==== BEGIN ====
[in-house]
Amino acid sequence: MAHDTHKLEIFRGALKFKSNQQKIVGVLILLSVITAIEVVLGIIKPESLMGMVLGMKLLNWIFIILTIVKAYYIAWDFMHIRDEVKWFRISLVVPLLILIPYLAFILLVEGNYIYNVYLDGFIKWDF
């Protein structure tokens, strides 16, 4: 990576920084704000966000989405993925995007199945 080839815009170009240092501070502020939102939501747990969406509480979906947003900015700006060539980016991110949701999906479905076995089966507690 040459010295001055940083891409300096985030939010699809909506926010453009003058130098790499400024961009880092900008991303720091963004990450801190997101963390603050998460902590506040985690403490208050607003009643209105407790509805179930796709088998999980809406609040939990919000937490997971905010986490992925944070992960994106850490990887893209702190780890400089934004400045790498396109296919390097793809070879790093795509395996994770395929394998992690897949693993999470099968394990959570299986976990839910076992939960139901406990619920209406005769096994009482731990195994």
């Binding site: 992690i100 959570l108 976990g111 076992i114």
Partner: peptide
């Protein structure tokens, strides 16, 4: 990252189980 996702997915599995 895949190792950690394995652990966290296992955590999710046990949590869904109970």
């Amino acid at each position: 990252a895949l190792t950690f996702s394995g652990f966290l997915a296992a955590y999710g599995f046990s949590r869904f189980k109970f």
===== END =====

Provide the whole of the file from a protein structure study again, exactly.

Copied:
[in-house]
Amino acid sequence: MAHDTHKLEIFRGALKFKSNQQKIVGVLILLSVITAIEVVLGIIKPESLMGMVLGMKLLNWIFIILTIVKAYYIAWDFMHIRDEVKWFRISLVVPLLILIPYLAFILLVEGNYIYNVYLDGFIKWDF
């Protein structure tokens, strides 16, 4: 990576920084704000966000989405993925995007199945 080839815009170009240092501070502020939102939501747990969406509480979906947003900015700006060539980016991110949701999906479905076995089966507690 040459010295001055940083891409300096985030939010699809909506926010453009003058130098790499400024961009880092900008991303720091963004990450801190997101963390603050998460902590506040985690403490208050607003009643209105407790509805179930796709088998999980809406609040939990919000937490997971905010986490992925944070992960994106850490990887893209702190780890400089934004400045790498396109296919390097793809070879790093795509395996994770395929394998992690897949693993999470099968394990959570299986976990839910076992939960139901406990619920209406005769096994009482731990195994």
């Binding site: 992690i100 959570l108 976990g111 076992i114």
Partner: peptide
């Protein structure tokens, strides 16, 4: 990252189980 996702997915599995 895949190792950690394995652990966290296992955590999710046990949590869904109970």
């Amino acid at each position: 990252a895949l190792t950690f996702s394995g652990f966290l997915a296992a955590y999710g599995f046990s949590r869904f189980k109970f």